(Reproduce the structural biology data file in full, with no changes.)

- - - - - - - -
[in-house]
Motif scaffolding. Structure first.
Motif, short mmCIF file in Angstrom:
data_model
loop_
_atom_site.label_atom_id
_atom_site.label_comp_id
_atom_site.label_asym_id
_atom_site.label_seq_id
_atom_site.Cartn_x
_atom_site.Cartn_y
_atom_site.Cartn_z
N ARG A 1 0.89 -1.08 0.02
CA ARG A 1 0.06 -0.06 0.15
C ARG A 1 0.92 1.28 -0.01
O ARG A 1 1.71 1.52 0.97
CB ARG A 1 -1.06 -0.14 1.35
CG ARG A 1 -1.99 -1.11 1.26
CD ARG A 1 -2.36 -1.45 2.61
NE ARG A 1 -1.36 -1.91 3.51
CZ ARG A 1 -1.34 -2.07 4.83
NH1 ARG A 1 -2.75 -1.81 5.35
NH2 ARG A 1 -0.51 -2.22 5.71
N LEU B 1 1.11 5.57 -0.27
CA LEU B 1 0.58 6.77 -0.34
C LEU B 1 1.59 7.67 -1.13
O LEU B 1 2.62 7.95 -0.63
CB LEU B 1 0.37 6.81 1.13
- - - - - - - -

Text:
[in-house]
Motif scaffolding. Structure first.
Motif, short mmCIF file in Angstrom:
data_model
loop_
_atom_site.label_atom_id
_atom_site.label_comp_id
_atom_site.label_asym_id
_atom_site.label_seq_id
_atom_site.Cartn_x
_atom_site.Cartn_y
_atom_site.Cartn_z
N ARG A 1 0.89 -1.08 0.02
CA ARG A 1 0.06 -0.06 0.15
C ARG A 1 0.92 1.28 -0.01
O ARG A 1 1.71 1.52 0.97
CB ARG A 1 -1.06 -0.14 1.35
CG ARG A 1 -1.99 -1.11 1.26
CD ARG A 1 -2.36 -1.45 2.61
NE ARG A 1 -1.36 -1.91 3.51
CZ ARG A 1 -1.34 -2.07 4.83
NH1 ARG A 1 -2.75 -1.81 5.35
NH2 ARG A 1 -0.51 -2.22 5.71
N LEU B 1 1.11 5.57 -0.27
CA LEU B 1 0.58 6.77 -0.34
C LEU B 1 1.59 7.67 -1.13
O LEU B 1 2.62 7.95 -0.63
CB LEU B 1 0.37 6.81 1.13